Let me belatedly post the main story I have been at work on for the last six months or so, as part of a Reporting on Health fellowship, about obesity — and those battling it — in Santa Paula.
Turns out, appropriately, it's students and young adults who have taken up the fight. Not to mention of course doctors, educators, health care agencies, and countless others I didn't have a chance to quote.
I confess to liking my lede, for rhetorical reasons:
Americans today are an exceptional people: We are the heaviest in the world. Now the federal government’s Centers for Disease Control and Prevention warns that as we supersize ourselves we are skyrocketing our risk of developing diabetes.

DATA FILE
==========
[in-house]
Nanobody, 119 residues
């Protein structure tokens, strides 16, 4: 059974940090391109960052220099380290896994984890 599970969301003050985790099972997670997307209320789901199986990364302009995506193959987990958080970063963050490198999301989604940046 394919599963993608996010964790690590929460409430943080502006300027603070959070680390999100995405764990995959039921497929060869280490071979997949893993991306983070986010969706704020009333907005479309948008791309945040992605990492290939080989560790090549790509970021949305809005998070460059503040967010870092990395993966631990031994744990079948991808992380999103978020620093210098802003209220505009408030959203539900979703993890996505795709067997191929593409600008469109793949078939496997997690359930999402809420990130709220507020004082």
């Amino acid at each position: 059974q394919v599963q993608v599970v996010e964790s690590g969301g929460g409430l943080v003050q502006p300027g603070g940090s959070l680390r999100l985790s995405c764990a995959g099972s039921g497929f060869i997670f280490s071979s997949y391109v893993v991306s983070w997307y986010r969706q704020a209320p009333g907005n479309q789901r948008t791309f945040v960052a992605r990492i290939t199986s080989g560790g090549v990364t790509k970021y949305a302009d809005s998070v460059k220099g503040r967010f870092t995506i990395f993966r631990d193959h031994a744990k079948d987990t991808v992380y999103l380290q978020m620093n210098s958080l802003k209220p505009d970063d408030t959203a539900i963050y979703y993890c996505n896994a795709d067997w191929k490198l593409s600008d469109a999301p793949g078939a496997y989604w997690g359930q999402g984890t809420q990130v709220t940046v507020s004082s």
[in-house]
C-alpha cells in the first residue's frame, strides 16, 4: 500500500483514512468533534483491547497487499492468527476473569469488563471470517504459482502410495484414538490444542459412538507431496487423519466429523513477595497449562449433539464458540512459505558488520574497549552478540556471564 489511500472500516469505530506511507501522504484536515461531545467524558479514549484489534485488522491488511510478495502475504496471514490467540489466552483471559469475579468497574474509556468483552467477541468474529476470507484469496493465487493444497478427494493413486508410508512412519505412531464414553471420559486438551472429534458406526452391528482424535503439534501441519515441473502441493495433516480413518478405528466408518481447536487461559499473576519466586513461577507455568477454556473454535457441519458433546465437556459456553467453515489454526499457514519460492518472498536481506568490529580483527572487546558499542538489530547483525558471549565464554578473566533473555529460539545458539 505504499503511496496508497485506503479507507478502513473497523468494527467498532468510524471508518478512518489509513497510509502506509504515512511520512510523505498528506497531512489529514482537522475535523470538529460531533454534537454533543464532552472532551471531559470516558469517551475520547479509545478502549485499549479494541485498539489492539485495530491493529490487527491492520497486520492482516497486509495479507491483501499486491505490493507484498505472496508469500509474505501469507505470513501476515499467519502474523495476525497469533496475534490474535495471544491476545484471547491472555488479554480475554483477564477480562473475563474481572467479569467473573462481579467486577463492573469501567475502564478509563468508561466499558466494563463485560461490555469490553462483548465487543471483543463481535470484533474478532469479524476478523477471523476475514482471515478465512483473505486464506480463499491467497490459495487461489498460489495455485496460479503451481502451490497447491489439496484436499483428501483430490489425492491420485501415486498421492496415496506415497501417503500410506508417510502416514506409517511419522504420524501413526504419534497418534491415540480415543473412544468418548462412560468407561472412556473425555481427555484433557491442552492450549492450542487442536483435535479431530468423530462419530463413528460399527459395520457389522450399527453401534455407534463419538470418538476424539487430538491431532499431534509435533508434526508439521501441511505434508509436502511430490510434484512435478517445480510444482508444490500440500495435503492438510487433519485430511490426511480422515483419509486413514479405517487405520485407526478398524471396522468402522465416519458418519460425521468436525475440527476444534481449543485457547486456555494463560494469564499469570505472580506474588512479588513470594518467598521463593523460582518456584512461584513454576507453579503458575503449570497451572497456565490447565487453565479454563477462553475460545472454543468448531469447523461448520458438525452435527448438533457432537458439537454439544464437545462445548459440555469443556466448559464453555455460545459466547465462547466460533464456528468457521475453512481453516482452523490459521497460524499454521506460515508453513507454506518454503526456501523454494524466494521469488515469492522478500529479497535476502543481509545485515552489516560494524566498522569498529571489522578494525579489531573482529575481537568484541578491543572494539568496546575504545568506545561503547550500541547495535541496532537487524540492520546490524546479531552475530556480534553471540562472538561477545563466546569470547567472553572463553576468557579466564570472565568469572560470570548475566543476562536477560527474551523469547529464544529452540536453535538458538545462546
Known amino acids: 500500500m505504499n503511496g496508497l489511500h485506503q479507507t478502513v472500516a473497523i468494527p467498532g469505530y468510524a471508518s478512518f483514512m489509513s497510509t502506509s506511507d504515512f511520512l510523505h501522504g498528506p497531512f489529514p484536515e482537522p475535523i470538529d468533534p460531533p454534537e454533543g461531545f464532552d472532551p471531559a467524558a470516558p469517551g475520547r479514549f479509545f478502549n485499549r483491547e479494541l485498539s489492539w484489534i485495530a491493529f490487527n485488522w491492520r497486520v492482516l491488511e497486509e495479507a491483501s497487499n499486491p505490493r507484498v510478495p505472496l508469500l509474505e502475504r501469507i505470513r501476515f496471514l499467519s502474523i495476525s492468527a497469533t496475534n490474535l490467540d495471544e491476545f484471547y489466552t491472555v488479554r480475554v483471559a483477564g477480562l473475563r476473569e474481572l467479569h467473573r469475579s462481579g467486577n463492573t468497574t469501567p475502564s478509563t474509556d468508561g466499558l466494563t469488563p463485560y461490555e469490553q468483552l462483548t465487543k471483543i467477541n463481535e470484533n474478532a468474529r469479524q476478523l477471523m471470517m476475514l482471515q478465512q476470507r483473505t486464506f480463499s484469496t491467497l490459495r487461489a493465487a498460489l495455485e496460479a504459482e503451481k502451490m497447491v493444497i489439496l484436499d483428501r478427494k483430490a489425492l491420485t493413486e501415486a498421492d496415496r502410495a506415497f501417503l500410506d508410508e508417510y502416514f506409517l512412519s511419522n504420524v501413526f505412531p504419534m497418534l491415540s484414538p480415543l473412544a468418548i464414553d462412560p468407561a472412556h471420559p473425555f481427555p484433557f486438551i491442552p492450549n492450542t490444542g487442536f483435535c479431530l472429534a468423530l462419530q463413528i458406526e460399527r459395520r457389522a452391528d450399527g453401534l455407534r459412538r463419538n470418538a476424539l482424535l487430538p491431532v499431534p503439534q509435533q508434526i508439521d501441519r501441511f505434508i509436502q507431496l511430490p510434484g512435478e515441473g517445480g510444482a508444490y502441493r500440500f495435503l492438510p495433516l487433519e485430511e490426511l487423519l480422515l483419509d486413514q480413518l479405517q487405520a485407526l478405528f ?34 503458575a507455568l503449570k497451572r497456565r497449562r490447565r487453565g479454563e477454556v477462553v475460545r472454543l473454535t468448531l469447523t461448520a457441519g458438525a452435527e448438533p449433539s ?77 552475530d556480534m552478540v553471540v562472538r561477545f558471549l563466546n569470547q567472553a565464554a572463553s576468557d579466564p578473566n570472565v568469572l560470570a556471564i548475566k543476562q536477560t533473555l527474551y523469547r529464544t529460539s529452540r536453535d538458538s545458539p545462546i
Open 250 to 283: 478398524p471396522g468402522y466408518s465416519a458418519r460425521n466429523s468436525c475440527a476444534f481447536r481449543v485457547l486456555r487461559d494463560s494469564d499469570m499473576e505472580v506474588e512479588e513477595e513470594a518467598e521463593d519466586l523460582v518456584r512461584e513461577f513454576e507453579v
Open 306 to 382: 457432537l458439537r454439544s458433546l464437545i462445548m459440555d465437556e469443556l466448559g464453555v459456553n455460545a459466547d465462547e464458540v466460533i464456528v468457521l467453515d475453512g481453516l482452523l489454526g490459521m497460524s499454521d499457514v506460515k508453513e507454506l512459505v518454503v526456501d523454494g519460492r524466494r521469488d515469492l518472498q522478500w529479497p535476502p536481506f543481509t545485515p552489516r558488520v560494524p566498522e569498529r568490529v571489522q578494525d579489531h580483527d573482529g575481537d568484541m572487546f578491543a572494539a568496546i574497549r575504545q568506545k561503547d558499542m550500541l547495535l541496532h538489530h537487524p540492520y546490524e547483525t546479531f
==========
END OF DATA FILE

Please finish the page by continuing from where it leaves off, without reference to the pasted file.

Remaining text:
Especially at risk are children in Ventura County.
For more, please see Mission Healthy.
People — including the funders, who want it numerically — ask for some measure of impact. Wonder if I've heard much of a reaction. Well, a number of friends have told me that they thought it was good, they liked it, even that it actually had something of a happy ending, but that's all I've heard.
Well, that's enough. "Respect of my peers," as they say in sports.
Note: a smart and faithful reader writes in to remind me that my math skills have gone to hell in the last forty years. So I'm going to keep my "metric" simple: compliments must outweigh reasonable complaints about errors re: any given story by 10-to-1 for it to be any good. This means — practically speaking — a story can't be good unless it is essentially error-less.
That's a high standard, and that's why editors and time are required for good journalism.
(Er, not that anybody asked…)